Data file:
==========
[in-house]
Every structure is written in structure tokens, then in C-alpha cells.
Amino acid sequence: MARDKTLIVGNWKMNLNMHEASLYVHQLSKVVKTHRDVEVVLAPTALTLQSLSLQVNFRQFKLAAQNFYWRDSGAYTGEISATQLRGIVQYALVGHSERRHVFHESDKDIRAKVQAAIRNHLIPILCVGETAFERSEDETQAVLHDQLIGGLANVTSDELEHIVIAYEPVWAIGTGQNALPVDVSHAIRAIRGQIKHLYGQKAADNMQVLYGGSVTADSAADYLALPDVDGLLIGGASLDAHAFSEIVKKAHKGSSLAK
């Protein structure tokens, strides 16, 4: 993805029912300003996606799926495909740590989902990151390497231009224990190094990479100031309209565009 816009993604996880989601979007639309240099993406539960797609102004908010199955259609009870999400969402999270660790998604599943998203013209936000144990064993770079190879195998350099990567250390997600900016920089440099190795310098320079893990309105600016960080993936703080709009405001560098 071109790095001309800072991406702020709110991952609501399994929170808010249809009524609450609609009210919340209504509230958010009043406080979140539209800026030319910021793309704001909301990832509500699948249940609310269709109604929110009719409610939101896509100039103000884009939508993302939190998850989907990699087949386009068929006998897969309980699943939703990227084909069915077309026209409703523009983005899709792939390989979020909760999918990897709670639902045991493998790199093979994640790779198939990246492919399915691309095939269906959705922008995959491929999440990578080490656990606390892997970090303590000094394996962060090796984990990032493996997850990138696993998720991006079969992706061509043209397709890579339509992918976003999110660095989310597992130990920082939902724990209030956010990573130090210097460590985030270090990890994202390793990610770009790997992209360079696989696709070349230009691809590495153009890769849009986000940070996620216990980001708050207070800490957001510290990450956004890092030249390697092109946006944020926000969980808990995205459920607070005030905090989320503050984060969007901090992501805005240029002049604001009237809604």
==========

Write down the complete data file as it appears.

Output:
[in-house]
Every structure is written in structure tokens, then in C-alpha cells.
Amino acid sequence: MARDKTLIVGNWKMNLNMHEASLYVHQLSKVVKTHRDVEVVLAPTALTLQSLSLQVNFRQFKLAAQNFYWRDSGAYTGEISATQLRGIVQYALVGHSERRHVFHESDKDIRAKVQAAIRNHLIPILCVGETAFERSEDETQAVLHDQLIGGLANVTSDELEHIVIAYEPVWAIGTGQNALPVDVSHAIRAIRGQIKHLYGQKAADNMQVLYGGSVTADSAADYLALPDVDGLLIGGASLDAHAFSEIVKKAHKGSSLAK
């Protein structure tokens, strides 16, 4: 993805029912300003996606799926495909740590989902990151390497231009224990190094990479100031309209565009 816009993604996880989601979007639309240099993406539960797609102004908010199955259609009870999400969402999270660790998604599943998203013209936000144990064993770079190879195998350099990567250390997600900016920089440099190795310098320079893990309105600016960080993936703080709009405001560098 071109790095001309800072991406702020709110991952609501399994929170808010249809009524609450609609009210919340209504509230958010009043406080979140539209800026030319910021793309704001909301990832509500699948249940609310269709109604929110009719409610939101896509100039103000884009939508993302939190998850989907990699087949386009068929006998897969309980699943939703990227084909069915077309026209409703523009983005899709792939390989979020909760999918990897709670639902045991493998790199093979994640790779198939990246492919399915691309095939269906959705922008995959491929999440990578080490656990606390892997970090303590000094394996962060090796984990990032493996997850990138696993998720991006079969992706061509043209397709890579339509992918976003999110660095989310597992130990920082939902724990209030956010990573130090210097460590985030270090990890994202390793990610770009790997992209360079696989696709070349230009691809590495153009890769849009986000940070996620216990980001708050207070800490957001510290990450956004890092030249390697092109946006944020926000969980808990995205459920607070005030905090989320503050984060969007901090992501805005240029002049604001009237809604």